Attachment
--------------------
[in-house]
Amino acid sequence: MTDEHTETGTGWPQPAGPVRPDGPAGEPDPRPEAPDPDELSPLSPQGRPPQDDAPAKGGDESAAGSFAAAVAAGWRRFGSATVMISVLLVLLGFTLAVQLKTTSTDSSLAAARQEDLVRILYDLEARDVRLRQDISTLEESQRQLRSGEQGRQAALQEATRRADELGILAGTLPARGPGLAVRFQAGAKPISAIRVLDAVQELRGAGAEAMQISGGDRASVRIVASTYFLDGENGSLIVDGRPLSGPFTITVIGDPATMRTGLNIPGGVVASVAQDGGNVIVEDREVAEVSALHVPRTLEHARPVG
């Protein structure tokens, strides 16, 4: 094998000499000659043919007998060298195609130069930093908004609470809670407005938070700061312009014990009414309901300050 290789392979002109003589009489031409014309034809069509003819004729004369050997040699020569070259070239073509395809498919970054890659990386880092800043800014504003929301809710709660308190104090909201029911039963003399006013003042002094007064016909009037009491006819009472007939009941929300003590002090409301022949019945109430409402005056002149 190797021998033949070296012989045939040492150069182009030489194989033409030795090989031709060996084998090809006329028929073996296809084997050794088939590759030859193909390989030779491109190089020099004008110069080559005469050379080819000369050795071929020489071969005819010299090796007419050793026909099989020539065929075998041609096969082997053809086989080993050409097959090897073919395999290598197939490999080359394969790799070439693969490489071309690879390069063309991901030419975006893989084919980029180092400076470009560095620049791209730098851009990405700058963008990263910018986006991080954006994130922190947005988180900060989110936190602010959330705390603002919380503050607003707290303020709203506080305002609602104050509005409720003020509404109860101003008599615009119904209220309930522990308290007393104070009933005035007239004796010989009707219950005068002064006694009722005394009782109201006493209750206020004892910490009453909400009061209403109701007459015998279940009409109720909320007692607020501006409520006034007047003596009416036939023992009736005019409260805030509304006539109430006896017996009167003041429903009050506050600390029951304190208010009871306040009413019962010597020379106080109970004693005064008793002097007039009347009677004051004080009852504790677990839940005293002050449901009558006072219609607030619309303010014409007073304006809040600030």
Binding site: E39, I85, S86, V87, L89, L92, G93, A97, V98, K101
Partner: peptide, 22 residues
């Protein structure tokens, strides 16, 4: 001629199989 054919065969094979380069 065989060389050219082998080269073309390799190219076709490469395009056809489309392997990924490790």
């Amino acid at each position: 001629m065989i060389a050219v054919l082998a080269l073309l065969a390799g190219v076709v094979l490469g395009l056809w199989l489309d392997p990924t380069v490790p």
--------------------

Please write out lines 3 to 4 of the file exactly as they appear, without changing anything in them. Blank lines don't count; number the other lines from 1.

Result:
């Protein structure tokens, strides 16, 4: 094998000499000659043919007998060298195609130069930093908004609470809670407005938070700061312009014990009414309901300050 290789392979002109003589009489031409014309034809069509003819004729004369050997040699020569070259070239073509395809498919970054890659990386880092800043800014504003929301809710709660308190104090909201029911039963003399006013003042002094007064016909009037009491006819009472007939009941929300003590002090409301022949019945109430409402005056002149 190797021998033949070296012989045939040492150069182009030489194989033409030795090989031709060996084998090809006329028929073996296809084997050794088939590759030859193909390989030779491109190089020099004008110069080559005469050379080819000369050795071929020489071969005819010299090796007419050793026909099989020539065929075998041609096969082997053809086989080993050409097959090897073919395999290598197939490999080359394969790799070439693969490489071309690879390069063309991901030419975006893989084919980029180092400076470009560095620049791209730098851009990405700058963008990263910018986006991080954006994130922190947005988180900060989110936190602010959330705390603002919380503050607003707290303020709203506080305002609602104050509005409720003020509404109860101003008599615009119904209220309930522990308290007393104070009933005035007239004796010989009707219950005068002064006694009722005394009782109201006493209750206020004892910490009453909400009061209403109701007459015998279940009409109720909320007692607020501006409520006034007047003596009416036939023992009736005019409260805030509304006539109430006896017996009167003041429903009050506050600390029951304190208010009871306040009413019962010597020379106080109970004693005064008793002097007039009347009677004051004080009852504790677990839940005293002050449901009558006072219609607030619309303010014409007073304006809040600030």
Binding site: E39, I85, S86, V87, L89, L92, G93, A97, V98, K101